(On a related note: Have you ever noticed the people who say reporters need to be writing happier stories are often the ones saying racing should be covered like a mainstream sport? Go watch ESPN’s coverage of the situation involving NBA star Ja Morant and tell me how good reporters would cover any mildly-controversial issue in racing. If you can’t stand the heat thrown by solid reporters NOW, imagine the scrutiny that would come with being covered “like a mainstream sport.”)

Moving on, we get to complaints about “dishonesty at each stage of the pipeline, from the sources through the writers to the readers.” This also included that sources of most stories “are agitators that pull the strings by contributing to online fearmongering publications.”

This is about when my anger turned into bewilderment. To recap: Most journalists have an agenda, everyone’s lying…and it’s the PUBLICATIONS, not the writer of this letter, that are, ahem, “fearmongering?” These are tactics straight out of low-rent sensationalist political talk shows that paint pictures of “us” versus “them.” They don’t stand up to any level of scrutiny, and it’s another example of why this attitude should never be taken seriously.

I don’t shy away from what I write, and neither do a lot of extremely talented writers I’m proud to call friends and colleagues. They’ve won Eclipse Awards for what they do. They wake up at dawn, take in workouts, go through days at the races and nights at the sales, write brilliantly about the things they see, and in some cases don’t get paid nearly enough for the quality of their work. They deserve better than flimsy, lazy attacks from someone who doesn’t have the courage to publicly identify themselves, and I’m about done staying quiet about it.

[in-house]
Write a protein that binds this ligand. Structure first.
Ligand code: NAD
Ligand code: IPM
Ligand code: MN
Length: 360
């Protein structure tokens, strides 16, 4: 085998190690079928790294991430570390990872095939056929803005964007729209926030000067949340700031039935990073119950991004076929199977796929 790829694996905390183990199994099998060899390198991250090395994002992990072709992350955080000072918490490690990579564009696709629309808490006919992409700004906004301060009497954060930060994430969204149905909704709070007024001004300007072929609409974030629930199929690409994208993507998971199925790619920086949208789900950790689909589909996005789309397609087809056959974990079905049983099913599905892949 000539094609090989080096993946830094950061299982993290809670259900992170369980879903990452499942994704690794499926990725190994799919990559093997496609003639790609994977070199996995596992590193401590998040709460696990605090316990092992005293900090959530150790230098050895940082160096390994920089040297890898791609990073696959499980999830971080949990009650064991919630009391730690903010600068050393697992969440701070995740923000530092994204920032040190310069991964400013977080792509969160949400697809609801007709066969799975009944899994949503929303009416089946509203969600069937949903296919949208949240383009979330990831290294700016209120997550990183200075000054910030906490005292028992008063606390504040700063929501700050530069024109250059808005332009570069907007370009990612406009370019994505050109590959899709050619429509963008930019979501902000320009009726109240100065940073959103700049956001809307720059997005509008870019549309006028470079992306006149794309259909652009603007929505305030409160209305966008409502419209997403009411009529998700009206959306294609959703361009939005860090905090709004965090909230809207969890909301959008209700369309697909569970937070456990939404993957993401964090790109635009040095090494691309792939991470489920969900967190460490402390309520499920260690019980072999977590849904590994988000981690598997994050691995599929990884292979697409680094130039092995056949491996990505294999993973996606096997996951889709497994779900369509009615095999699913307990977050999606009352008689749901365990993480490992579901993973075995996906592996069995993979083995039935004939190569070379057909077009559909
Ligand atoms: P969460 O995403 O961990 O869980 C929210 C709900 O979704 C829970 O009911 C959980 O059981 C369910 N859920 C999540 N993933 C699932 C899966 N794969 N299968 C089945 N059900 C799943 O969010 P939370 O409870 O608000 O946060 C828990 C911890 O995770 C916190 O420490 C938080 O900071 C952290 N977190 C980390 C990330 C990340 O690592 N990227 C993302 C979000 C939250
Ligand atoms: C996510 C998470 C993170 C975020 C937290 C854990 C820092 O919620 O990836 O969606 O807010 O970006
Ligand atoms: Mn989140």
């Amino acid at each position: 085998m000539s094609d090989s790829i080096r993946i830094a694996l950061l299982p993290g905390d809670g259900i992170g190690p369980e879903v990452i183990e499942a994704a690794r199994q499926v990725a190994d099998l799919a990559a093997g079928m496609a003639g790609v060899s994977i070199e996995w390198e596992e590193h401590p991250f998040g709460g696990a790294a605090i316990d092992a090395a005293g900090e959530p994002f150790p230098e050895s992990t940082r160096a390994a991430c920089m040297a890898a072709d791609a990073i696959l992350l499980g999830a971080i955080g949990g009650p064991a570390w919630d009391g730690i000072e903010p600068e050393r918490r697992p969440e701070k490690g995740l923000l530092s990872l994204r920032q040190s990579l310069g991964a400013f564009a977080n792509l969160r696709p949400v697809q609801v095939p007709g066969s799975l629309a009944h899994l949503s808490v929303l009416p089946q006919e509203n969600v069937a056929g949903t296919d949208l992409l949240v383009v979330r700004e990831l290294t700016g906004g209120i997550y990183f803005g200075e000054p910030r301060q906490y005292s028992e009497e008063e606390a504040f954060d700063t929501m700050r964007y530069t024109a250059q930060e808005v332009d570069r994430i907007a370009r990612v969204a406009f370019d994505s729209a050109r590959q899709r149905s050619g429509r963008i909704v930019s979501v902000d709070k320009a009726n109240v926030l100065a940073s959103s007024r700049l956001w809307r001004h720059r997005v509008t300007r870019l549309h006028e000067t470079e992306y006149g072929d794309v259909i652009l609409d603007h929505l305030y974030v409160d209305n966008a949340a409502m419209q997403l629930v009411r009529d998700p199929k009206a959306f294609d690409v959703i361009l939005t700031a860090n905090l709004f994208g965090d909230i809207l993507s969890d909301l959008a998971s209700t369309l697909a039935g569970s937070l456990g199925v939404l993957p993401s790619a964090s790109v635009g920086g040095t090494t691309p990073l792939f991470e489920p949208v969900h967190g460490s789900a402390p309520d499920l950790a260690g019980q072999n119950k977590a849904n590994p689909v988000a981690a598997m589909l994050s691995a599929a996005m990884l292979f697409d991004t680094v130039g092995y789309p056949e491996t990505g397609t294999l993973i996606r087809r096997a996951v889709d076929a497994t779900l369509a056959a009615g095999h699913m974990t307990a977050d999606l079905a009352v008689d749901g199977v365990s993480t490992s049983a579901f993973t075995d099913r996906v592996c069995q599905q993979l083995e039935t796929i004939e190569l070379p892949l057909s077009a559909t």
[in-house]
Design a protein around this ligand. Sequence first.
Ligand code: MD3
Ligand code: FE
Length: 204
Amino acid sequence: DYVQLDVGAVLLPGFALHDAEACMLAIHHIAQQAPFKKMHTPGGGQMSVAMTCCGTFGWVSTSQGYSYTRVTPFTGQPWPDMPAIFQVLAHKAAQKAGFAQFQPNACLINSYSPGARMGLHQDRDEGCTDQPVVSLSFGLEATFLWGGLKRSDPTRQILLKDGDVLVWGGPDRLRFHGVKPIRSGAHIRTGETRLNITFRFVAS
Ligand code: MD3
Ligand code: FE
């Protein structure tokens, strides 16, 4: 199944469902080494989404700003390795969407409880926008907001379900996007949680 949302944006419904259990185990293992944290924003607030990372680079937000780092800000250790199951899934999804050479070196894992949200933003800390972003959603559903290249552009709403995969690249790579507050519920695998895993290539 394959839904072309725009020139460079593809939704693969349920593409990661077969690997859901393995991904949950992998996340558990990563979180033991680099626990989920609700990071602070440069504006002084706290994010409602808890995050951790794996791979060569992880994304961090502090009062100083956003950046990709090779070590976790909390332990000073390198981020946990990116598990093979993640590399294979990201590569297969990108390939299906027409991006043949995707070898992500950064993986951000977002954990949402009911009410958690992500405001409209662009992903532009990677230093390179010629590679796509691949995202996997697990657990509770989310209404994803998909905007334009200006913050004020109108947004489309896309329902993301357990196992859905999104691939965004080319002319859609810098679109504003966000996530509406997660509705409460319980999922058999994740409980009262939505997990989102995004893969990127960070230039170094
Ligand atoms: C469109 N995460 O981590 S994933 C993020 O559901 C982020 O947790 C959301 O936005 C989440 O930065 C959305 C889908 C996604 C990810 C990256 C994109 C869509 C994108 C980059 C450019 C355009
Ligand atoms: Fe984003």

Stuff like we saw in the TDN Thursday isn’t okay, and I’m not alone in thinking it. Don Clippinger wrote a rebuttal to that letter that TDN, to their credit, published later in the day. I’ll quote some of his response here, because it puts things in perspective very well:

“The motivation of most all the journalists I’ve encountered in that time, which probably number in the thousands, was to get the story and get it right. That means telling both sides of the story. True, I have seen instances where the text may have been influenced by a losing bet, and industry members have at times tried unsuccessfully to throw their weight around in publications.

But those instances are exceedingly rare. To say that these journalists are ‘dishonest,’ to use the word of the anonymous coward, borders on libel.”

I’m big on accountability. My name is on everything I’ve ever written or produced at every outlet I’ve ever worked for, and as those who know me well can attest, I’ve taken my fair share of lumps for it. If anyone has a problem with anything my name is associated with, I’m a VERY easy guy to find.

With that in mind, there’s no dishonesty, clickbait, or sensationalism when I say this: The letter run by the TDN was a slap in the face to a LOT of good people. It was put into the world by someone who created the kind of negative story they wrote in to complain about, and the writer did so by lobbing wild, unjustified, and unsourced insults and accusations at folks who deserve much, much better.

Shame on them, shame on anyone who thinks this way, and shame on those who enable these people to continue acting as though good, hard-working writers are somehow the enemy of this industry.